The leadership of the Nigeria Labour Congress on Tuesday walked out of the meeting held with the representatives of the Federal Government, vowing to go ahead with its scheduled nationwide strike on Wednesday (today).
Representatives of the Trade Union Congress, who also attended the meeting, however, said the TUC would not join the strike.
NLC President, Aliyu Wabba, led the labour delegation while the Secretary to the Government of the Federation, Mr. Babachir Lawal, led the Federal Government delegation at the talks held in the SGF’s office in Abuja on Tuesday night.
After the meeting, Lawal said, “The National Industrial Court has given an injunction that no strike by NLC and TUC should hold tomorrow (Wednesday). It is therefore clear that anyone embarking on strike tomorrow (Wednesday) is doing so illegally and government is assuring all Nigerians to come out and do their jobs tomorrow (Wednesday).
“It the duty of government to provide security for her citizens and anyone who tries to coerce any worker to do their bidding would be made to face the law of the land. We had full cooperation with the Trade Union Congress of Nigeria and they said they are not going on strike. For them, it is a complete return to work tomorrow (Wednesday). It is not the same with the NLC however. They have two factions, one agreed completely with the position of the TUC.”
Briefing journalists, Wabba said his team arrived at its decision to proceed on strike following the inability of the Federal Government to meet up with its demand to revert to the N86.50K old pump price of fuel.
Officials of NLC, who pleaded not to be named, said they were angered by the decision of the Federal Government to proceed to court, despite existing negotiation which was at the instance of the government.
The Joe Ajaero faction of the NLC had initially on Tuesday said it would not join the strike while the National Union of Petroleum and Natural Gas Workers as well as the Petroleum and Natural Gas Senior Association of Nigeria had last week also dissociated the associations from the strike.
The action of the NLC followed the failure of the parties to resolve the dispute over the increase of the pump price of petroleum by the Federal Government from N86.50 to N145 per litre.
But the Federal Government has threatened to apply the ‘no-work-no-pay’ rule against workers who join the NLC strike.
The SGF, Babachir Lawal, in a statement on Tuesday, directed all ministers, permanent secretaries and heads of government agencies to invoke the provision of rule against errant workers.
Lawal advised civil servants to shun the exercise in their own interest, which, he said, was called by the NLC despite a ruling of the National Industrial Court, which restrained labour from going on strike on Wednesday.
The SGF added, “This notice is regrettably given in spite of an order by the industrial court against the strike. Government, therefore, calls upon and advises all workers to respect the laws of the land and to desist from participating in an illegal action.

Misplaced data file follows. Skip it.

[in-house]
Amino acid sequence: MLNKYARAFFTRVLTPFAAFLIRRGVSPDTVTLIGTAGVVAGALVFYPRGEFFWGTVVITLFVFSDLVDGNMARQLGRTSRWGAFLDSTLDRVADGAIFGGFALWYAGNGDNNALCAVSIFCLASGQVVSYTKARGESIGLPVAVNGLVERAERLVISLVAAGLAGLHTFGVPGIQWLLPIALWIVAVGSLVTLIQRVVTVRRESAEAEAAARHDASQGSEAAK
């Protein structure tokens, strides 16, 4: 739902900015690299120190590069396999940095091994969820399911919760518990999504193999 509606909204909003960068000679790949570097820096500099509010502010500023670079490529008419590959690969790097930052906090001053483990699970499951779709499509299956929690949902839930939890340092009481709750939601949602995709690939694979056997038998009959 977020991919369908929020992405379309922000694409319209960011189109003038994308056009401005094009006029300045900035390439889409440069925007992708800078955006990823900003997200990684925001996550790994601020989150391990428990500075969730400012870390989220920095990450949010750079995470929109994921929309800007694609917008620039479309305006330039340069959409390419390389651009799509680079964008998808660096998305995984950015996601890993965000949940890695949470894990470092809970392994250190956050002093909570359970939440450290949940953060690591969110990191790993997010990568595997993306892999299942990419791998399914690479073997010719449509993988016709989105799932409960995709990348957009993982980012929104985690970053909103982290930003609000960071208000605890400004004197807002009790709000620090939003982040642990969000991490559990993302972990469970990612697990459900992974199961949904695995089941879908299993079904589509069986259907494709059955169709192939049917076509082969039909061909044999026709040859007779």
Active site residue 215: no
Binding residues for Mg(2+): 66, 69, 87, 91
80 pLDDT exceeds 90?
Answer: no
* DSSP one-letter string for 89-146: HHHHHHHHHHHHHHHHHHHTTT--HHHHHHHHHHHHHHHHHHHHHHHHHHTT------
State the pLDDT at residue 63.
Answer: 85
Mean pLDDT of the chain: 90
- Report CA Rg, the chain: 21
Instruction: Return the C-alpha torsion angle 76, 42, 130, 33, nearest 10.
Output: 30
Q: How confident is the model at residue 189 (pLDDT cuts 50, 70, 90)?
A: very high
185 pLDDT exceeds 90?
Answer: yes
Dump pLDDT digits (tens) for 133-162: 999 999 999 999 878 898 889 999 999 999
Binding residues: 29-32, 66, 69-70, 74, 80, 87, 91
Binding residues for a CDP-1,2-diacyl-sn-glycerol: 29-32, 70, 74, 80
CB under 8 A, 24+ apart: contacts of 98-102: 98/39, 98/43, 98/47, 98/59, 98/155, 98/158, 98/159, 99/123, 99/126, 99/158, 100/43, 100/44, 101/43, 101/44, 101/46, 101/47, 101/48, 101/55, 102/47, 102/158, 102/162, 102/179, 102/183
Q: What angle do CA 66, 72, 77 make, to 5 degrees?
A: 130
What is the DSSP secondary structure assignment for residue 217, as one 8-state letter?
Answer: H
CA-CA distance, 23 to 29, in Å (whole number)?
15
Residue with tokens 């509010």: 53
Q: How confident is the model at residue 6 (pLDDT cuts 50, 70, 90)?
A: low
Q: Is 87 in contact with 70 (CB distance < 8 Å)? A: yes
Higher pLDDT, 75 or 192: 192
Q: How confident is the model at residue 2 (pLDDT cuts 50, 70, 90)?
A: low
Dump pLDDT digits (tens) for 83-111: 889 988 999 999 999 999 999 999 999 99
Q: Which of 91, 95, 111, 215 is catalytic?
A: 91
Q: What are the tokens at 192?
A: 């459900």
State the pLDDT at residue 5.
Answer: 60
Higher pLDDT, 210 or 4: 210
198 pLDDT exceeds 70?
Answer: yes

“Government undertakes to guarantee the safety of workers and their workplaces, and expects that normal work will continue in the interest of the nation. Accordingly, security agencies have been directed to ensure unimpeded access to offices, workplaces and markets.
“Accordingly, all ministers, permanent secretaries and heads of government agencies are hereby directed to invoke the provision of ‘no work no pay’ in respect of any staff member who absents himself or herself from work to join the strike.”
“Attendance registers are required to be opened in all Ministries, Departments and Agencies.”
There were indications on Tuesday that organised labour would defy the ruling of the National Industrial Court on the strike called to protest the fuel price increase.
While the Nigeria Labour Congress said it was not aware of the court order stopping the strike, the Trade Union Congress flayed the Federal Government for obtaining it.
The General Secretary of the NLC, Dr. Peter Ozo-Eson, in an interview with one of our correspondents on Tuesday, said, “I am not aware of any court injunction. As far as I am concerned, I am not aware of any court injunction.”
The President of the TUC, Mr. Bala Kaigama, in an interview with The PUNCH, described the action of the Federal Government in heading for the National Industrial Court as panicky.
“That is what we are going to the meeting to find out. Who instituted that? So, we would find out if it is going to stop our negotiations. They are doing it through panic. I think they are scared.
“We have not been served. Can you talk of what you have not seen?” he asked.
The NIC had, in its ruling on Tuesday, stopped the TUC and the NLC from embarking on their planned strike scheduled to start on Wednesday.
But earlier on Tuesday, the NLC held an emergency National Executive Council meeting in Abuja, where it decided to go ahead with the strike.
At the meeting, the congress insisted that the Federal Government must reverse the increase in the pump price of fuel from N86 and N86.50k to N145.